Welcome to Lazy News, the new Valleywag feature that saves you the time of actually reading news articles. The first article we'll slice-and-dice is the San Francisco Chronicle's business feature from Sunday.
- Title: Web 2.0 has a local address
- Subtitle: South Park, the neighborhood that fostered the dot-com boom, is back
- Trend angle: San Fran is back too — the whole Valley is back. And this time the businesses are real.
- Poster children: Adaptive Path, Rubyred Labs, Wired, Technorati, VideoEgg, Mule Design Studio, and other tech companies from Bryant to Brannan, Second Street to Third Street
- Photos: Aerial shot infographic, kids in the park, street signs, and Rubyred's Thor Muller at the Cereal Bar.
- Lead: South Park startup Rubyred Labs has a trendy Cereal Bar.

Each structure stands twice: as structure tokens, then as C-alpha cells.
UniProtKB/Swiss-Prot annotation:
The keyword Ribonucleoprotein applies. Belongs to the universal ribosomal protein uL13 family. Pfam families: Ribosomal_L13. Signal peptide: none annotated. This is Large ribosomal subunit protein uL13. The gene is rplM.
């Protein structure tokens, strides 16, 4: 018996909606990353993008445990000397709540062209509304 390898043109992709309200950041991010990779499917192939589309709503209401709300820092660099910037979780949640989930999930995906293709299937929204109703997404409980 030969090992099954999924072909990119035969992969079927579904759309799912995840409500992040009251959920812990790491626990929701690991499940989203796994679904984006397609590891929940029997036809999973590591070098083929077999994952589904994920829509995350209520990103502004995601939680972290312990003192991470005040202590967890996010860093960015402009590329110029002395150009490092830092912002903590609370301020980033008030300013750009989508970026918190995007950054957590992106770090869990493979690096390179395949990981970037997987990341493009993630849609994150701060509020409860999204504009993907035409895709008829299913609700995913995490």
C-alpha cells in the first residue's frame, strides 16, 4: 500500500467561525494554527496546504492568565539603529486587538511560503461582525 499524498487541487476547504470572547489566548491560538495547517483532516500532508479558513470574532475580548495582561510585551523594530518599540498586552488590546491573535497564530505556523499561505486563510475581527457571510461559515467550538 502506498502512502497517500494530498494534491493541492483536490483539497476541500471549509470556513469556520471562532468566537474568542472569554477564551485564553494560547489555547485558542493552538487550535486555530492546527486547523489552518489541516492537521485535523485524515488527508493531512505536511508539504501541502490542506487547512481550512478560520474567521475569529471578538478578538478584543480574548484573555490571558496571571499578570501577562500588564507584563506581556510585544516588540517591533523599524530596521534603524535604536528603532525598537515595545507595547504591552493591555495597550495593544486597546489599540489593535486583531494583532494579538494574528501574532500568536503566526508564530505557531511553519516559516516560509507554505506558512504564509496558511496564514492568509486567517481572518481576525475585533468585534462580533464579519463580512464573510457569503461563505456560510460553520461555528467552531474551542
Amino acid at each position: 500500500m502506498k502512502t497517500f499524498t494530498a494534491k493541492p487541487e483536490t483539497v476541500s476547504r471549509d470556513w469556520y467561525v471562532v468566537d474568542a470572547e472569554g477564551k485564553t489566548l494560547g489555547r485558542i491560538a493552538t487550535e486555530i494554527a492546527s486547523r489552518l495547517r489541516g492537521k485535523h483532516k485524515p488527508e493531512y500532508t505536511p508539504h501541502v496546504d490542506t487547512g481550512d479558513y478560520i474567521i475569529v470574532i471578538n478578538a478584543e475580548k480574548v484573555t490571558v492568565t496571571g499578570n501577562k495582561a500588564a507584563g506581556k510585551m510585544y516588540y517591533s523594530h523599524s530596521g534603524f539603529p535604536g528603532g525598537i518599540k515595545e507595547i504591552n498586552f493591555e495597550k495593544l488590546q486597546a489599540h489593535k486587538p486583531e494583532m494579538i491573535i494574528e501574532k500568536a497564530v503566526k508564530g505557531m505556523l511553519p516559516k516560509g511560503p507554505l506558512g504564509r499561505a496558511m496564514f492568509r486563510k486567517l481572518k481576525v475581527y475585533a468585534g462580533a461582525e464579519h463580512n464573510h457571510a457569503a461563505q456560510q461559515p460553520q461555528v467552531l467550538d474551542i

- Sources: Scott Beale (Laughing Squid founder, photographed the Cereal Bar); Janice Fraser (CEO of South Park stalwart Adaptive Path); Matt Sanchez (CEO of startup VideoEgg); Jesse Blout (mayor's director of economic development); Jeffrey O'Brien (a senior editor of long-time South Parker Wired Magazine); Neighborhoodparks.org; Max Applegarth (owner of local cafe Caffe Centro); Jonathan Nelson (founder of online marketing agency Organic); Jonathan Wright (from burnout dot-com BigWords.com); Maggie Mason (mighty blogger and writer); Elvis Jessie Presley (homeless man); Jonathan Grubb (Rubyred co-founder and cereal analyst); Amy and Thor Muller (Rubyred co-founders and Noe Valley baby-raisers)
- Best line: "I saw 20-year-olds in head-to-toe Prada and said, 'This cannot last'" — Maggie Mason
- WTF: The tumbleweed story
Web 2.0 has a local address [SF Chronicle]